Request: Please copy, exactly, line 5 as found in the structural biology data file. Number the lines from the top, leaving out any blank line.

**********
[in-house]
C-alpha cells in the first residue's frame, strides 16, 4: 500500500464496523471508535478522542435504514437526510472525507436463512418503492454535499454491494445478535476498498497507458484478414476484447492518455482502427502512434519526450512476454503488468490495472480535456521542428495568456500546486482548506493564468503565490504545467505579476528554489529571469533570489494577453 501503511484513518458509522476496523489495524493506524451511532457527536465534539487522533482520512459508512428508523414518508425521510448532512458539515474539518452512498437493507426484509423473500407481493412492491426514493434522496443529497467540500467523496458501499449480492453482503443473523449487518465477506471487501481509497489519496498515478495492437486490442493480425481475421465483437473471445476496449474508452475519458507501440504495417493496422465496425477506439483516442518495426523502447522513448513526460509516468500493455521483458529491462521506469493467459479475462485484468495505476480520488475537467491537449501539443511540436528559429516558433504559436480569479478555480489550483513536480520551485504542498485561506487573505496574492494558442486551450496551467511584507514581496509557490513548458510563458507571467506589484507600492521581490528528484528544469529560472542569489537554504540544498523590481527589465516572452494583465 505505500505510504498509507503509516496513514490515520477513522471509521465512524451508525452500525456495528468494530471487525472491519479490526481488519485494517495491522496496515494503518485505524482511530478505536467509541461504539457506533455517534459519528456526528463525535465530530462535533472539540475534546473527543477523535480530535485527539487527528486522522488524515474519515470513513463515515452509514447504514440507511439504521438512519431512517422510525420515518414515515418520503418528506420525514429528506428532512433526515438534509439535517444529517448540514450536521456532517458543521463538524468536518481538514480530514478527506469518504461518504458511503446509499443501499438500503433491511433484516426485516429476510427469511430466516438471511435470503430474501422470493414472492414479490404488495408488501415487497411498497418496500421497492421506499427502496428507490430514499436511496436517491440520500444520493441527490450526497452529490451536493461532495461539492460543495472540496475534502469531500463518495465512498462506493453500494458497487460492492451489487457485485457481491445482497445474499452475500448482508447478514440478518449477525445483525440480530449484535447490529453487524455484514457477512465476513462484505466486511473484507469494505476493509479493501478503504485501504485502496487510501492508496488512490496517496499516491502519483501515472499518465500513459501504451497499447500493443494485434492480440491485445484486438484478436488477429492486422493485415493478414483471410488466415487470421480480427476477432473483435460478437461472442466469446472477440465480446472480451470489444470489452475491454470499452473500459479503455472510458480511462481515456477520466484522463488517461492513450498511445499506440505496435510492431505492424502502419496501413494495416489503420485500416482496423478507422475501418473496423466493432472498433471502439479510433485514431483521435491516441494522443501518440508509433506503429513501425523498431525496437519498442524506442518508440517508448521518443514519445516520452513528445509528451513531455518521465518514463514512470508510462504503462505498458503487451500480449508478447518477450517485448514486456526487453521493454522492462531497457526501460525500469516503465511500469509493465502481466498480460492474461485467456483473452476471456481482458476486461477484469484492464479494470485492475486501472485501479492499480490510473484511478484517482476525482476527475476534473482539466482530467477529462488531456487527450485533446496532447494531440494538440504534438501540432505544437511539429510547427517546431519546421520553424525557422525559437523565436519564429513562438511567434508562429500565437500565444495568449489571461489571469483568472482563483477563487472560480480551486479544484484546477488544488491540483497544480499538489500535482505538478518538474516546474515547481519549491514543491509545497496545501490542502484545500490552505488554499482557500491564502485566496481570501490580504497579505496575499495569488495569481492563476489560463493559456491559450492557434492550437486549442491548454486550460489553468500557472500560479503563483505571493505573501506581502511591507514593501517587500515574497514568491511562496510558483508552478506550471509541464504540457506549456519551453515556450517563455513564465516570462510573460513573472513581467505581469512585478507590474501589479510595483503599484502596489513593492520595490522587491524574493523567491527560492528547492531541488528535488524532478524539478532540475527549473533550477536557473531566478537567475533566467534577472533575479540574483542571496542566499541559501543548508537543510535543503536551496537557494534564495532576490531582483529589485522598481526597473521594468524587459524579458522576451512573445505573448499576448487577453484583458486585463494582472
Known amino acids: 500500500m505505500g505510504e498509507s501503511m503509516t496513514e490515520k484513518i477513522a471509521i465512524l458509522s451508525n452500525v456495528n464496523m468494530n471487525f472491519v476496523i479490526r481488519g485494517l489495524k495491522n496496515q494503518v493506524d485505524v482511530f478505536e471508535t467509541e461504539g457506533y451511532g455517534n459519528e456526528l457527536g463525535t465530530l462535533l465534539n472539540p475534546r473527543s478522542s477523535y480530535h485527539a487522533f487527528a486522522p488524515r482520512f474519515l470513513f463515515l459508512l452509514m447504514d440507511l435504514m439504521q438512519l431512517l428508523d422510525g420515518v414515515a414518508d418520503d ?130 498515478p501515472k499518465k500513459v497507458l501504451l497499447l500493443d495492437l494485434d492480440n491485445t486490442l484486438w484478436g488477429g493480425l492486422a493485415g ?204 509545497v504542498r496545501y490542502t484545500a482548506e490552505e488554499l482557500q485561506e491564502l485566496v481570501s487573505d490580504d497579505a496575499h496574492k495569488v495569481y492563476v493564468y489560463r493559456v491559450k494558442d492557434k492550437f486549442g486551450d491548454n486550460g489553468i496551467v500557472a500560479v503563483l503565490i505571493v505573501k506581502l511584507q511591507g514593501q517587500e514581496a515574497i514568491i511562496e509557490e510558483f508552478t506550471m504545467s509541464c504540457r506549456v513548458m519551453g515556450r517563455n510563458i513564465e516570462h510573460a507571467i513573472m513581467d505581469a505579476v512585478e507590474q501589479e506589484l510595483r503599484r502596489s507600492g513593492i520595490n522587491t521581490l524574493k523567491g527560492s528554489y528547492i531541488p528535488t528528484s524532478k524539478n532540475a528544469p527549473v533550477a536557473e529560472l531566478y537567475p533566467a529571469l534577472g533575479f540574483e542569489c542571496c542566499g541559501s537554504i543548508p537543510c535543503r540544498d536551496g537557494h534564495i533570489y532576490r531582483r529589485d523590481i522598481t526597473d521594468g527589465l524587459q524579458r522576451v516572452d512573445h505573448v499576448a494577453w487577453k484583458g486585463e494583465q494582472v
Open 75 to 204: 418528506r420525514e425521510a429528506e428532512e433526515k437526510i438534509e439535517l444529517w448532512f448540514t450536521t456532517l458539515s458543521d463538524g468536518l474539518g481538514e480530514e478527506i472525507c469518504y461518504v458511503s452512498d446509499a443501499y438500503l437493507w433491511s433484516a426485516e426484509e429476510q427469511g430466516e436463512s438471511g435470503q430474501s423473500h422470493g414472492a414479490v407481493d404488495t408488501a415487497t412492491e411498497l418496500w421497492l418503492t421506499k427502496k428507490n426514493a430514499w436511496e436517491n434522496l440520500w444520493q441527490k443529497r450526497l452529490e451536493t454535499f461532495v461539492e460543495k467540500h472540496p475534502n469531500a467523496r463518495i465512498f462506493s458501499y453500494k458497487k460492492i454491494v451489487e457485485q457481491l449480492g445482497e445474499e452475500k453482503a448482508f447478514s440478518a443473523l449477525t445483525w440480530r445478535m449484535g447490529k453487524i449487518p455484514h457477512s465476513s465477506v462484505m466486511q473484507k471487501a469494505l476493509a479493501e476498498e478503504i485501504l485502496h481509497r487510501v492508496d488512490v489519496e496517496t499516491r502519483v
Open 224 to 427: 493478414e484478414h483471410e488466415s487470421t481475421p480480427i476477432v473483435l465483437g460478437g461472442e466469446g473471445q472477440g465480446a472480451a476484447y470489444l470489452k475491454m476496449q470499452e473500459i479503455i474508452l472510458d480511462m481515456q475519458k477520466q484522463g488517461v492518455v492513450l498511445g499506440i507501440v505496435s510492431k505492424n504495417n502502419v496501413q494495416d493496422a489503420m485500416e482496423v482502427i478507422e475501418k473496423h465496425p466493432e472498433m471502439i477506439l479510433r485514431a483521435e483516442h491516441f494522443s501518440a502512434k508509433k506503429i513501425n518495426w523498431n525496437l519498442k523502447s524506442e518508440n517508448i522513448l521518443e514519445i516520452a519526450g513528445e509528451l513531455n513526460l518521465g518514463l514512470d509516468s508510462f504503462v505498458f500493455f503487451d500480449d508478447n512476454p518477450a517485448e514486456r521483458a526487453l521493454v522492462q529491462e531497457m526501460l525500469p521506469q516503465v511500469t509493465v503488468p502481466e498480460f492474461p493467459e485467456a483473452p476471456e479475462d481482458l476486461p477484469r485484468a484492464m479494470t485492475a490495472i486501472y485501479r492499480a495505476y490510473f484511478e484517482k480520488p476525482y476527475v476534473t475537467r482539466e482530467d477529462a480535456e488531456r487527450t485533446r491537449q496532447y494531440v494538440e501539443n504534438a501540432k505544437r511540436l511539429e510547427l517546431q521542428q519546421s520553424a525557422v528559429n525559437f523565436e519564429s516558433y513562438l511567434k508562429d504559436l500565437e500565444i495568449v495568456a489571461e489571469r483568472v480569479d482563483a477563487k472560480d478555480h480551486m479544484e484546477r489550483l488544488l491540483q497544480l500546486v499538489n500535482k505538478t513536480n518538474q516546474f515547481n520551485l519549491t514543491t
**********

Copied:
Open 224 to 427: 493478414e484478414h483471410e488466415s487470421t481475421p480480427i476477432v473483435l465483437g460478437g461472442e466469446g473471445q472477440g465480446a472480451a476484447y470489444l470489452k475491454m476496449q470499452e473500459i479503455i474508452l472510458d480511462m481515456q475519458k477520466q484522463g488517461v492518455v492513450l498511445g499506440i507501440v505496435s510492431k505492424n504495417n502502419v496501413q494495416d493496422a489503420m485500416e482496423v482502427i478507422e475501418k473496423h465496425p466493432e472498433m471502439i477506439l479510433r485514431a483521435e483516442h491516441f494522443s501518440a502512434k508509433k506503429i513501425n518495426w523498431n525496437l519498442k523502447s524506442e518508440n517508448i522513448l521518443e514519445i516520452a519526450g513528445e509528451l513531455n513526460l518521465g518514463l514512470d509516468s508510462f504503462v505498458f500493455f503487451d500480449d508478447n512476454p518477450a517485448e514486456r521483458a526487453l521493454v522492462q529491462e531497457m526501460l525500469p521506469q516503465v511500469t509493465v503488468p502481466e498480460f492474461p493467459e485467456a483473452p476471456e479475462d481482458l476486461p477484469r485484468a484492464m479494470t485492475a490495472i486501472y485501479r492499480a495505476y490510473f484511478e484517482k480520488p476525482y476527475v476534473t475537467r482539466e482530467d477529462a480535456e488531456r487527450t485533446r491537449q496532447y494531440v494538440e501539443n504534438a501540432k505544437r511540436l511539429e510547427l517546431q521542428q519546421s520553424a525557422v528559429n525559437f523565436e519564429s516558433y513562438l511567434k508562429d504559436l500565437e500565444i495568449v495568456a489571461e489571469r483568472v480569479d482563483a477563487k472560480d478555480h480551486m479544484e484546477r489550483l488544488l491540483q497544480l500546486v499538489n500535482k505538478t513536480n518538474q516546474f515547481n520551485l519549491t514543491t